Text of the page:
Employers who implement random drug testing as a way to guard themselves and their workers against substance abuse face many challenges. Having substances like alcohol and drugs on the work place can be very dangerous for both workers and employers. Studies show that frequent substance use costs employers more than $ 1981 million a year, and causes a number of other critical issues. Therefore, it is absolutely necessary for employers to find effective ways to ensure that no one on their staff abuses substances of any kind. See website for more.
One of the most common forms of random testing is the Breathalyzer test, which is designed to detect alcohol and drugs. A small handheld device is used in the workplace to determine a person’s BAC, or Blood Alcohol Level. However, the efficiency of this process has been disputed by many scientists, as it relies on the user’s physiology rather than his memory. The test is also inaccurate, as it can not measure true alcohol levels. Also, recent court decisions have thrown out Breathalyzer tests, due to their inaccuracy and unfair procedures. Many employers are now choosing random drug and alcohol testing over Breathalyzers, as they are much more accurate.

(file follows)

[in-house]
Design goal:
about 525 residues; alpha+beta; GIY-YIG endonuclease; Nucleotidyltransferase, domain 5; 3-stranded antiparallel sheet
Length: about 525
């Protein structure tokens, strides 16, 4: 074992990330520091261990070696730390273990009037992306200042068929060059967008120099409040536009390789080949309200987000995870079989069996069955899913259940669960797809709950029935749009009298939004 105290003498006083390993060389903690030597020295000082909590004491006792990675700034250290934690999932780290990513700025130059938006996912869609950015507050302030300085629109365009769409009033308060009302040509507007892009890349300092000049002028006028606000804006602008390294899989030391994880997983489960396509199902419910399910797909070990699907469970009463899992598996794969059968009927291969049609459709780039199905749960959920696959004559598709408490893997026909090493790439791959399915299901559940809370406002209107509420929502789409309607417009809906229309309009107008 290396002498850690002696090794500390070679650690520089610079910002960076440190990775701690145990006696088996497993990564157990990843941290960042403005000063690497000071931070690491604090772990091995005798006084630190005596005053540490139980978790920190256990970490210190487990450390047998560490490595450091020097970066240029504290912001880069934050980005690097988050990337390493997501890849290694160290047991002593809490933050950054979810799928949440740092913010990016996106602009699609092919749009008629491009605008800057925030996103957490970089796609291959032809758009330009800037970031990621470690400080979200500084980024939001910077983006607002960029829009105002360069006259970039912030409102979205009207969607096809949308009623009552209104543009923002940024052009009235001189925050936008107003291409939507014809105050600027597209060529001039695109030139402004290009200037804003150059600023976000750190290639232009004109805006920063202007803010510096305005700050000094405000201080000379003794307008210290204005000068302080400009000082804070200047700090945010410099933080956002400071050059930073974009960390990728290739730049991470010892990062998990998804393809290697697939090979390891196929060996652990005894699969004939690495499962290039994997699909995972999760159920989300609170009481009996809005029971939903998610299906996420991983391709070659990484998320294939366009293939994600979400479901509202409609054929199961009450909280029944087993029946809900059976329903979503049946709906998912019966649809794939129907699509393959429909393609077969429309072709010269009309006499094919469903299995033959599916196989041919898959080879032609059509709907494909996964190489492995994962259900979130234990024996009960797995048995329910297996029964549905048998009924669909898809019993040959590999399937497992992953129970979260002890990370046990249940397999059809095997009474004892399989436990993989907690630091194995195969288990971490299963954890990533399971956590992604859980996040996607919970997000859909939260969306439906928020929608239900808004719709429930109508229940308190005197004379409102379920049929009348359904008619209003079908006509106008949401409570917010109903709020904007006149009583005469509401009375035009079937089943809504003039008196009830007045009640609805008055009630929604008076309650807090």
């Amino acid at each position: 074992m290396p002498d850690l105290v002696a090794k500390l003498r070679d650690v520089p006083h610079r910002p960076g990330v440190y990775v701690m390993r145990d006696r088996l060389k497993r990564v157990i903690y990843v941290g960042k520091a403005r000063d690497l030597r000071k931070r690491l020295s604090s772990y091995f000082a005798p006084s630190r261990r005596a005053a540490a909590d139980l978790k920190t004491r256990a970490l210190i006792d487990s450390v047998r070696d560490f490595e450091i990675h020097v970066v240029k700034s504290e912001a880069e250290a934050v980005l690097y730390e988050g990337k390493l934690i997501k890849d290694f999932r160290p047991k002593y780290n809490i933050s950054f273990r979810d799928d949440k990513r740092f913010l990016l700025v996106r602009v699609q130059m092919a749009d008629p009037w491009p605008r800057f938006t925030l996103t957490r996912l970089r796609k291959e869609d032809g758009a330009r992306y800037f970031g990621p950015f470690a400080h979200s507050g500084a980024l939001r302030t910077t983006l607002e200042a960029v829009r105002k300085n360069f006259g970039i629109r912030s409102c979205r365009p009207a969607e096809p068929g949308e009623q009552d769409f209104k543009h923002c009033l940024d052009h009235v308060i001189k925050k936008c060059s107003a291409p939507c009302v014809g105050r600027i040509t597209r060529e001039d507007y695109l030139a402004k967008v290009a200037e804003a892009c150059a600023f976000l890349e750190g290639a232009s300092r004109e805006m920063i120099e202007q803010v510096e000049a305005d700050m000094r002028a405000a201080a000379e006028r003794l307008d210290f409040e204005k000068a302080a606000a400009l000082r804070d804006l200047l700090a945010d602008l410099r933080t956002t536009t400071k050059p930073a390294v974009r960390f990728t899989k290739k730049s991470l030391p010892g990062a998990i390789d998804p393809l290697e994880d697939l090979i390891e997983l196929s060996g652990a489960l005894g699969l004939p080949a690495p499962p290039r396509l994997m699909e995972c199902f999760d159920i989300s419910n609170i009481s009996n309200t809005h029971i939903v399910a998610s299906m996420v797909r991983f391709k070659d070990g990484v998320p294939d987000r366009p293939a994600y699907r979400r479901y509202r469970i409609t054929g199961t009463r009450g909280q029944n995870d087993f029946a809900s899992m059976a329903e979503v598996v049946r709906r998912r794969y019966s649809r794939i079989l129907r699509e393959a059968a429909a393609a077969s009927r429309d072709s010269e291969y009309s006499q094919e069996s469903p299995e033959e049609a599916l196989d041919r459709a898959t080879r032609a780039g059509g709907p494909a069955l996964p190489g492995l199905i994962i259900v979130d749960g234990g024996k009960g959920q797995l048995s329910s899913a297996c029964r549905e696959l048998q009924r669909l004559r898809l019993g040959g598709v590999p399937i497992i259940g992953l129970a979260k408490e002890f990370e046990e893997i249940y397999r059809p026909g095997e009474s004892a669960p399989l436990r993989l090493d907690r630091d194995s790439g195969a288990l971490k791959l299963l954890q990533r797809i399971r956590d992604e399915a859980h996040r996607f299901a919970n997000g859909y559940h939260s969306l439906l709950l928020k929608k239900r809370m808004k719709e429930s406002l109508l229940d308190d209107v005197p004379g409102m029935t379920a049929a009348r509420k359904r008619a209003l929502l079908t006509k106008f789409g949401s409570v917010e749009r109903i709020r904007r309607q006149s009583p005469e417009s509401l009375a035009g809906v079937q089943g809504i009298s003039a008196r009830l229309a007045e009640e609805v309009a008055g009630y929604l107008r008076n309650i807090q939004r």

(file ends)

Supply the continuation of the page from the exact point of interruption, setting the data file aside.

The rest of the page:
Other less commonly used methods of drug and alcohol testing include nasal spray, the TAT (Thyroid Arterial Test), and the oral Test of Blood, urine, or saliva. While these less-used techniques all share a common concept of checking for certain amounts of drug and alcohol in the subject’s blood, or urine, they each require different follow-up processes. A blood test can check for alcohol immediately after the consumption of a substance, while a urine test may need to be performed several days later. An oral drug test requires immediate post-accident testing after the consumption of a controlled substance; therefore, all drug and alcohol testing must be accompanied by a post-accident evaluation, where the toxicologist will determine whether the subject’s blood, urine, or saliva toxicologists have detected. A qualified toxicologist should be consulted and arrangements made in case of blood, urine or saliva testing results that are unsatisfactory.